However, what Weiner fails to grasp is that Moynihan shared the views of the social engineers on his left. He wanted to go slower, not go back. He wanted national action at a careful, not a reckless, speed. He wanted to proceed on facts and evidence; the radicals on hopes. Yet each wanted to proceed. As Moynihan wrote looking back,
Those of us who began writing about these [social policy] matters in the 1960’s were fully in agreement with all that liberalism was attempting. But we began to worry as to whether we would bring it off. This kind of critique was much too often greeted as a renunciation of goals rather than an inquiry as to means.
For all of his talk about the limits of social policy, he was not, to say the least, scrupulous to note those limits while he served New York in the U.S. Senate. I conclude therefore that the limits that Moynihan recognized were limits of contemporary knowledge and technique. Unlike the radicals, Moynihan thought it convenient for liberalism to keep conservatives around, so that the latter could keep liberals honest (something the conservatives lacked the clout to do in the 1960s and 1970s). Honest social reform and reconstruction are what Moynihan stands for.
There is a terrific tension in this position, one that is revealed in the liberal approach to the family. To engage in social engineering, one must push the limits to find out what the engineers can do. Moynihan is an honest and occasionally skeptical social engineer. The radical social engineer is transgressive, pushing the limits with heedless confidence that his vision can lead the way to a better place. The radical and the skeptic alike see the social world as up for “reconstitution” and “reconstruction.” They see untold possibilities in the proper exertion of governmental power informed by the best social science and the deepest social imagination.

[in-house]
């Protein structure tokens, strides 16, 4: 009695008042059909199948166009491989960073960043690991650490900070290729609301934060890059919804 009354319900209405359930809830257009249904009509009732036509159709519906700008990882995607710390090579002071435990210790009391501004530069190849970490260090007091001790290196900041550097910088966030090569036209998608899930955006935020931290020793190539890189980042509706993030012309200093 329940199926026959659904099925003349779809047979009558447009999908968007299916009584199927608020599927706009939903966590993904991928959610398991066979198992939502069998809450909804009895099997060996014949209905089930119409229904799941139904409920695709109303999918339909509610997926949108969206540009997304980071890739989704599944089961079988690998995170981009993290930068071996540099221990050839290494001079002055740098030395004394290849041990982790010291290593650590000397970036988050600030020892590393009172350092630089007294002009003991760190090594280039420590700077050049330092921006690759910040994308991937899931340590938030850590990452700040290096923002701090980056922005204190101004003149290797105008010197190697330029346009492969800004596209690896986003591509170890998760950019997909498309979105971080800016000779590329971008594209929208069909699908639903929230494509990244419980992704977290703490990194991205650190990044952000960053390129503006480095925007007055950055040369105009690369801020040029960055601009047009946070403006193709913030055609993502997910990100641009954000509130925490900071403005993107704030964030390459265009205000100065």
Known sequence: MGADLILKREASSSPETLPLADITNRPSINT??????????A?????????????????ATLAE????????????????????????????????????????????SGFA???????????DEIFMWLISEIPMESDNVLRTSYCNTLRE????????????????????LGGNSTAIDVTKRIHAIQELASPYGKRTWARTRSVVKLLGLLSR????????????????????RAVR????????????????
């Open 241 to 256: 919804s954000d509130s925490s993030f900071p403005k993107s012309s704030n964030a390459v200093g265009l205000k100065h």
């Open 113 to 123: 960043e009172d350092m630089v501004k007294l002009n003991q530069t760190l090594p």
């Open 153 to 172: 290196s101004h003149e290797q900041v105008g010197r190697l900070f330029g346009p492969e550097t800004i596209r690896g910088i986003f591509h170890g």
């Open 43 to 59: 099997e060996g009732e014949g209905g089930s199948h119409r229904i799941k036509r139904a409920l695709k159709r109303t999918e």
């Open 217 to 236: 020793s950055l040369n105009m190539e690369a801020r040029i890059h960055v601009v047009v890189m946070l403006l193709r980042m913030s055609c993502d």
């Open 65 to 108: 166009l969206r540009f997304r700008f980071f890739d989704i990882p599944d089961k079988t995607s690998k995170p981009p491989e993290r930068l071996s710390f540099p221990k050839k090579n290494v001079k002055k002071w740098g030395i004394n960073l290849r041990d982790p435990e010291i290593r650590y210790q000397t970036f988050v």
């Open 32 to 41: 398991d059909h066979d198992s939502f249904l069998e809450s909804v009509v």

If this is the case, the grounds for Moynihan’s skepticism or honesty are always shaky. The honest reformer insists that policies be informed by knowledge of ever-changing human limits; the skeptic is often betrayed by the application of governmental engineering informed by science. Moynihan is caught with his pants down, insistent about the limits but embarrassed by his inability to articulate them with finality, and saddled with a recognition that past reforms have changed those limits.
Might there be a form of social organization beyond the family that could meet the child’s emotional needs? Might there be alternative ways of organizing the family in a matriarchal way, or might there be ways of satisfying the needs of children outside or beyond the family? Moynihan would no doubt be skeptical that such things had been found, but his social scientific orientation could not foreclose the possibility that they could be found or would be found in good time. So he could do little to resist the radicals.
Honored for his honesty, he ultimately could not, on his own principles, account for that honesty or the limits that it reflected. His Report is something for which he should be honored, as a public-spirited effort to identify the leading edge of what became a civilization-wide crisis. His view of the world, however, does not provide a way out.